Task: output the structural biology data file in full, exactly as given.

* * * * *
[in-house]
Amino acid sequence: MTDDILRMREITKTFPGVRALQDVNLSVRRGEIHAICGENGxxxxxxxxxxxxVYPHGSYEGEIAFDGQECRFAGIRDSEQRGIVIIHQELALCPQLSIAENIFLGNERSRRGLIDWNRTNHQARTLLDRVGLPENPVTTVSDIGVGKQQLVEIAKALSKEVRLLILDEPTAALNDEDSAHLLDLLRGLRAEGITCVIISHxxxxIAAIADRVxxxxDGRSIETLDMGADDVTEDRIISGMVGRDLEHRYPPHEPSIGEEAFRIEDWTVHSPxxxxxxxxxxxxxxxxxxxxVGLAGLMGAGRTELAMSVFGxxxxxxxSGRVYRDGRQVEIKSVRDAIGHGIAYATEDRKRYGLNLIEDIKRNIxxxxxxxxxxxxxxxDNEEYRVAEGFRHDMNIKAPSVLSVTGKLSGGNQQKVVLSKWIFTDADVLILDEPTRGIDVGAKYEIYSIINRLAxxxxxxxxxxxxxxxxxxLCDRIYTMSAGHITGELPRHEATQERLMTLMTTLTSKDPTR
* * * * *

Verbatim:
[in-house]
Amino acid sequence: MTDDILRMREITKTFPGVRALQDVNLSVRRGEIHAICGENGxxxxxxxxxxxxVYPHGSYEGEIAFDGQECRFAGIRDSEQRGIVIIHQELALCPQLSIAENIFLGNERSRRGLIDWNRTNHQARTLLDRVGLPENPVTTVSDIGVGKQQLVEIAKALSKEVRLLILDEPTAALNDEDSAHLLDLLRGLRAEGITCVIISHxxxxIAAIADRVxxxxDGRSIETLDMGADDVTEDRIISGMVGRDLEHRYPPHEPSIGEEAFRIEDWTVHSPxxxxxxxxxxxxxxxxxxxxVGLAGLMGAGRTELAMSVFGxxxxxxxSGRVYRDGRQVEIKSVRDAIGHGIAYATEDRKRYGLNLIEDIKRNIxxxxxxxxxxxxxxxDNEEYRVAEGFRHDMNIKAPSVLSVTGKLSGGNQQKVVLSKWIFTDADVLILDEPTRGIDVGAKYEIYSIINRLAxxxxxxxxxxxxxxxxxxLCDRIYTMSAGHITGELPRHEATQERLMTLMTTLTSKDPTR